Transmission technology continues to move forward at a rapid pace, especially in terms of automatics, but manual gearboxes haven’t changed drastically since the idea of multiple speeds for a rotating machine surfaced in the early 1900s. Modern cars have synchromesh and some even have rev-matching facilities, but all of them without fail use a clutch of some description and it’s a serviceable item so it’s good to know when it needs attention.
What does a clutch do?
In simple terms, the clutch transmits power from the engine to the gearbox, but more importantly, it can isolate the engine from the gearbox to allow changing of gears within the gearbox. The clutch plate itself is usually made mostly of metal trimmed in a friction material on both faces. It has a splined centre section which enables it to slide along the input shaft to the gearbox. In its default position (i.e. without the clutch pedal pressed), it is clamped against the flywheel by the clutch pressure plate. There is no slip in this position.
When you press the clutch pedal, it disengages the clutch so power is interrupted. Some cars use a clutch cable to pull a lever within the gearbox (called the release bearing fork), which in turn pushes the release bearing into the middle of the pressure plate. There, a diaphragm spring releases the clamping pressure, meaning the clutch plate is no longer held against the flywheel, allowing it to rotate at a different speed depending on the gear selected etc. The clutch can be ‘slipped’ depending on how far the clutch pedal is pressed.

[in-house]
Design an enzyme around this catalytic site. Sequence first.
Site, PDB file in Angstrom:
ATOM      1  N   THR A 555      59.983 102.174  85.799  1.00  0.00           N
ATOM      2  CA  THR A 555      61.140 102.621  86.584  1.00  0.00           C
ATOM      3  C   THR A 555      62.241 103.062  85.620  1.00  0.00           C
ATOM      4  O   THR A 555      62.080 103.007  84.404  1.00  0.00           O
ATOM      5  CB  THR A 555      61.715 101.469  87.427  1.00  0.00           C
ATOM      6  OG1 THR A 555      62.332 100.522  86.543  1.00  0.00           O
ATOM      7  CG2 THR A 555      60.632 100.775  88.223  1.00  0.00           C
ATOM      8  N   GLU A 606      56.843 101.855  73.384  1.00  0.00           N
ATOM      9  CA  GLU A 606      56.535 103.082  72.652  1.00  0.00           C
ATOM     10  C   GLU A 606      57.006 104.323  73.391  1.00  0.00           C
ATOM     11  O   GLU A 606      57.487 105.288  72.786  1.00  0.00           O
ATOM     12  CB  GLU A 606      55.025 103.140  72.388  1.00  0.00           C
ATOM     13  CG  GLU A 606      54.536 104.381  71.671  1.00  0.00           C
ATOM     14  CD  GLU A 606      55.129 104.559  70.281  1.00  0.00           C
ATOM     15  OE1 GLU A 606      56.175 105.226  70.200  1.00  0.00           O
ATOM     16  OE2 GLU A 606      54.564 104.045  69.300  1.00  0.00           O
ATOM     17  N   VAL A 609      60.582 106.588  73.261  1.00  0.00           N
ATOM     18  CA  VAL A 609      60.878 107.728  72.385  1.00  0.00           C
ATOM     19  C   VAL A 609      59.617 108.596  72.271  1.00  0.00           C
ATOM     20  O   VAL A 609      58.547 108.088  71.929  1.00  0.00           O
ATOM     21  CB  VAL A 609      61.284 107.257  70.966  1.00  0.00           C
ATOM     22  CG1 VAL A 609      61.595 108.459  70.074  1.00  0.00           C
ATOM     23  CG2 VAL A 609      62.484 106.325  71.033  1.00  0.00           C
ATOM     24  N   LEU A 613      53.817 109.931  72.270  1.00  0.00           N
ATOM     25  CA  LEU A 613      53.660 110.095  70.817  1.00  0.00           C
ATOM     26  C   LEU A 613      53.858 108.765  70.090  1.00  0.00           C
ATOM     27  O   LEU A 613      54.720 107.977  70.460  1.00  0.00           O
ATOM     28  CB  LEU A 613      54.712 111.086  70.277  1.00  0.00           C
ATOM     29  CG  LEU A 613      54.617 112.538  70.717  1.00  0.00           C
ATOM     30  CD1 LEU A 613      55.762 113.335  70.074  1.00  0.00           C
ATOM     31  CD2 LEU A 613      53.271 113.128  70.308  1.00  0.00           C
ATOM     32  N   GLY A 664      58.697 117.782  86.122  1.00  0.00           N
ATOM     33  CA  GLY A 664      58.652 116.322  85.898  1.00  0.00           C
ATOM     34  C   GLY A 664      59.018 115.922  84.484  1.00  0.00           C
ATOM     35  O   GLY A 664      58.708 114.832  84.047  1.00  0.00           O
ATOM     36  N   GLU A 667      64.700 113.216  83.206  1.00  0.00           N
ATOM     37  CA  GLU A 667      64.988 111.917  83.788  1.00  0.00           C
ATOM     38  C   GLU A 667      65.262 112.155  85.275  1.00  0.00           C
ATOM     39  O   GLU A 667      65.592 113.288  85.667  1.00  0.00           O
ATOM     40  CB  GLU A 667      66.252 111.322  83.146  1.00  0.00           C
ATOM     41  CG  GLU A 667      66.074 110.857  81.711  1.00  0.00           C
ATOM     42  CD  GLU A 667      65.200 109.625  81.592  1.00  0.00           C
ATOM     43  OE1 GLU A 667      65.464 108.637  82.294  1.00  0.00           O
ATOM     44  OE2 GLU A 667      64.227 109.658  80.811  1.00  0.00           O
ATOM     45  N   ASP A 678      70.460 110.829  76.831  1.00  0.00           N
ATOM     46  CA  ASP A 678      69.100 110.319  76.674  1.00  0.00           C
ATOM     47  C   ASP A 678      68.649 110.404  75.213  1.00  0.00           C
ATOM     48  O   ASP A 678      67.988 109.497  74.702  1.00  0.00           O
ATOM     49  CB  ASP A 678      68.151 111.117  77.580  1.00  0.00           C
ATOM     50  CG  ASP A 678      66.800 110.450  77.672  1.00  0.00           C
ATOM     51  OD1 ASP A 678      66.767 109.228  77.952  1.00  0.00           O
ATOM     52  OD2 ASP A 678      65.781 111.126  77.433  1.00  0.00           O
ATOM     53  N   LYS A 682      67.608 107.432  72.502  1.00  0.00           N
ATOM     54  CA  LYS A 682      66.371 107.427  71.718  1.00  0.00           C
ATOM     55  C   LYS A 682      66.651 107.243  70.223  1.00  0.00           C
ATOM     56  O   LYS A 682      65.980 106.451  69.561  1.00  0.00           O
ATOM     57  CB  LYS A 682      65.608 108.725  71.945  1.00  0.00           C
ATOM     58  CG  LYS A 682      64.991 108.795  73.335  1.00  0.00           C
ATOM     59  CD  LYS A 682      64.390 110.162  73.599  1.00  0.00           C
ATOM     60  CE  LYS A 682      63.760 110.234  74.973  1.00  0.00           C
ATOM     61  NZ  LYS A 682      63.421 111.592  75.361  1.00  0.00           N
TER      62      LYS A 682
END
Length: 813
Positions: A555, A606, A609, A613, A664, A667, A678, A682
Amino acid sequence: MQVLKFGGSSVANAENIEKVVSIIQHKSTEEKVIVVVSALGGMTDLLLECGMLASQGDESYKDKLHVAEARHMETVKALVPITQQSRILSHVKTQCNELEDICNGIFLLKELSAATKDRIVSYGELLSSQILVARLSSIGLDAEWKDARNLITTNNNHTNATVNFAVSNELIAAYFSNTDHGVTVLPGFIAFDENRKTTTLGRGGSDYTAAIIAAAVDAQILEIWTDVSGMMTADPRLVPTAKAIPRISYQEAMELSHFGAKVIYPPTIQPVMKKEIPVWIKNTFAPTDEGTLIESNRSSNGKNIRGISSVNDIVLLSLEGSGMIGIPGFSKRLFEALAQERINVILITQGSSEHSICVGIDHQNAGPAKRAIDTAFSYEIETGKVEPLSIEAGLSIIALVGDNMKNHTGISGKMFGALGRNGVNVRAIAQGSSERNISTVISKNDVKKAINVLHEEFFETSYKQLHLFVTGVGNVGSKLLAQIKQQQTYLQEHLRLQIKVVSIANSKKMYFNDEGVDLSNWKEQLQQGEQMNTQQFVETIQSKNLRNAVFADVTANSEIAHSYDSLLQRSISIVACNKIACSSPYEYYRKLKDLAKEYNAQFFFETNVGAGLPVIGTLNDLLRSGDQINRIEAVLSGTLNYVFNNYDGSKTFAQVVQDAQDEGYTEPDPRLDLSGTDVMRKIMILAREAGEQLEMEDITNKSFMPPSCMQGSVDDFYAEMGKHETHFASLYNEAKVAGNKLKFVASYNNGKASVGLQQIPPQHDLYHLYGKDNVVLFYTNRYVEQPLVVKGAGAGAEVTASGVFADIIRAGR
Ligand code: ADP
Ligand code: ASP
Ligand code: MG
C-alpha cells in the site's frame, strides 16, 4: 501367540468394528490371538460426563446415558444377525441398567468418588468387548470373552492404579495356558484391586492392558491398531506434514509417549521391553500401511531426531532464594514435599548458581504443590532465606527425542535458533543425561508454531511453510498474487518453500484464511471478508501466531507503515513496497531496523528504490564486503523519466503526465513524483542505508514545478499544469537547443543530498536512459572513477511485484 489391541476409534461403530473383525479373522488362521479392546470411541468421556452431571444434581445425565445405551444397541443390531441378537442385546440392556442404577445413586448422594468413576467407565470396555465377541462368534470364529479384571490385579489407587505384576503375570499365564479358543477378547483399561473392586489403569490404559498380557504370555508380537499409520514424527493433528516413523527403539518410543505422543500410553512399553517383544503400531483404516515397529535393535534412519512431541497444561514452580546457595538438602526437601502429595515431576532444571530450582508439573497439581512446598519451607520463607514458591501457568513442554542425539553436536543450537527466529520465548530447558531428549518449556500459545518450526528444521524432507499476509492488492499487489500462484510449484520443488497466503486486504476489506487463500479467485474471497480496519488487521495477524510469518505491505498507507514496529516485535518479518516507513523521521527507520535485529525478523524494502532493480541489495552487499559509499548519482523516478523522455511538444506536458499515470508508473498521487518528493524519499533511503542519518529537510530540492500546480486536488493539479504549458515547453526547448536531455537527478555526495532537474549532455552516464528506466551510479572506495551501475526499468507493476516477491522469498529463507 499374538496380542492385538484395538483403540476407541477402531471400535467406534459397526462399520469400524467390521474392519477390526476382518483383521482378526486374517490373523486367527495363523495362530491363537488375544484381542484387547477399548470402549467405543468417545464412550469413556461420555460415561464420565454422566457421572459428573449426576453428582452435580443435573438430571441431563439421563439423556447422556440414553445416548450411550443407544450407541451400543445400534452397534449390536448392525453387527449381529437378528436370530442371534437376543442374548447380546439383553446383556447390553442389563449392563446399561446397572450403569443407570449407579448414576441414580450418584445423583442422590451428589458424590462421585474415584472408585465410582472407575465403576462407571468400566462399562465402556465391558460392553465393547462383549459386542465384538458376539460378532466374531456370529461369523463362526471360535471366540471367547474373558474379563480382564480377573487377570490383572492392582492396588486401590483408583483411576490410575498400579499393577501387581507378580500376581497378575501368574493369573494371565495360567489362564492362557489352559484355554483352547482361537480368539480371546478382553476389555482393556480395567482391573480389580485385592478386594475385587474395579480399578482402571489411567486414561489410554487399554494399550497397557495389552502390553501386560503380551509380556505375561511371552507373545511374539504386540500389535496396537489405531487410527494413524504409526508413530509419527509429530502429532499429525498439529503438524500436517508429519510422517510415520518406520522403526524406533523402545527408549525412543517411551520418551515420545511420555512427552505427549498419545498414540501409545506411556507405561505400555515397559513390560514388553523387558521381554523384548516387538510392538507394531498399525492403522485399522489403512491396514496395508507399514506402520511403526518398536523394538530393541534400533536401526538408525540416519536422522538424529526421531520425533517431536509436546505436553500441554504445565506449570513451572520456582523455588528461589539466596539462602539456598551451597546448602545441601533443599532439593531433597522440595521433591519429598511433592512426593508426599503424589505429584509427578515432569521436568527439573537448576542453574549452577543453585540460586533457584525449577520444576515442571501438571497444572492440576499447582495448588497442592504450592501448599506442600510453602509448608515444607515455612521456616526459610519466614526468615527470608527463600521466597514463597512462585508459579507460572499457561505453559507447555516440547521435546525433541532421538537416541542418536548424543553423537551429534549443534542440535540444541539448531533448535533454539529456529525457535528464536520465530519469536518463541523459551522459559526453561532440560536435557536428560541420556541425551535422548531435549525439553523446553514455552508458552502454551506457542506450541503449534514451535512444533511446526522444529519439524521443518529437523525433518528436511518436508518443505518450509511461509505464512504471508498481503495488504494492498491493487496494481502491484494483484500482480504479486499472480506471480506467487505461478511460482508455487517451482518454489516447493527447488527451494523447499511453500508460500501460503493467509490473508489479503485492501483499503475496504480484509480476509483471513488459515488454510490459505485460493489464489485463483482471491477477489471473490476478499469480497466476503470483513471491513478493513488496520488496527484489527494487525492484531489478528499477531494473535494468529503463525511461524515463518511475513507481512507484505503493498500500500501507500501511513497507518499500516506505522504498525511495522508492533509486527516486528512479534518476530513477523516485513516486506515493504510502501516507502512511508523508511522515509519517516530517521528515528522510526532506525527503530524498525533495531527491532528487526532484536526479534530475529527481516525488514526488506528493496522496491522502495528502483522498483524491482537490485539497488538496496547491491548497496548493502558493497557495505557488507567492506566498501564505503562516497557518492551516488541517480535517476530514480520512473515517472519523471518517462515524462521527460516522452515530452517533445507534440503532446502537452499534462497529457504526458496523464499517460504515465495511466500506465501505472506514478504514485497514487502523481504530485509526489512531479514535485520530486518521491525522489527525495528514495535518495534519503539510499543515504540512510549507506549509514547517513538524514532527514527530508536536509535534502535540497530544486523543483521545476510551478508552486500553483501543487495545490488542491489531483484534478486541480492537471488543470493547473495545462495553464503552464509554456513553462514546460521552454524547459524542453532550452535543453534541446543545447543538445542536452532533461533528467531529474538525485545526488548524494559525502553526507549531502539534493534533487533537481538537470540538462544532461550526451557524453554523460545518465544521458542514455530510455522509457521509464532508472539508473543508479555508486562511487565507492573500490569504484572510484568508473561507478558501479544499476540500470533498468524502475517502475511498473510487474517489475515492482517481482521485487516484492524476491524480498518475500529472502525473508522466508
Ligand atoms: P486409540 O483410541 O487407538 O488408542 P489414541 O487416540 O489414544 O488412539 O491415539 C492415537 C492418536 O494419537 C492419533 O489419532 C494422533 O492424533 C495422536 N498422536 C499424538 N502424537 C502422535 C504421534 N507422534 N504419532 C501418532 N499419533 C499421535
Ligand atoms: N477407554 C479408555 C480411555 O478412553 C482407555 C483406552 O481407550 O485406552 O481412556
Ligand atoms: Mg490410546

While the principle is the same, other cars use hydraulic operation instead of a clutch cable, where the pedal movement controls a master cylinder that alters hydraulic pressure to a slave cylinder. The latter then controls the movement of the release bearing fork.
How do you know if your clutch needs to be replaced?
Clutch Slip: Over time the friction material on your clutch will wear out and when that happens the clutch will start to slip. It should be quite obvious when your car’s clutch is slipping when it shouldn’t be. With the clutch pedal fully out (i.e. not pressed at all), there should be no slip whatsoever. Slip can be identified by an unexpected increase in engine revs without any accompanying acceleration when your car is in gear, the clutch pedal is not pressed and you push the throttle pedal. It will also be obvious when you attempt to accelerate up a steep hill. Though the degradation of a clutch takes place slowly over time (depending on your driving style and conditions – stop-start traffic can take its toll on clutches faster than, say, loads of motorway driving), if it is slipping in this manner then it really is time to have it replaced. There are other symptoms to watch out for, such as strong smells from the engine bay when you pull away from a standstill or a higher ‘bite point’ on the clutch pedal than before.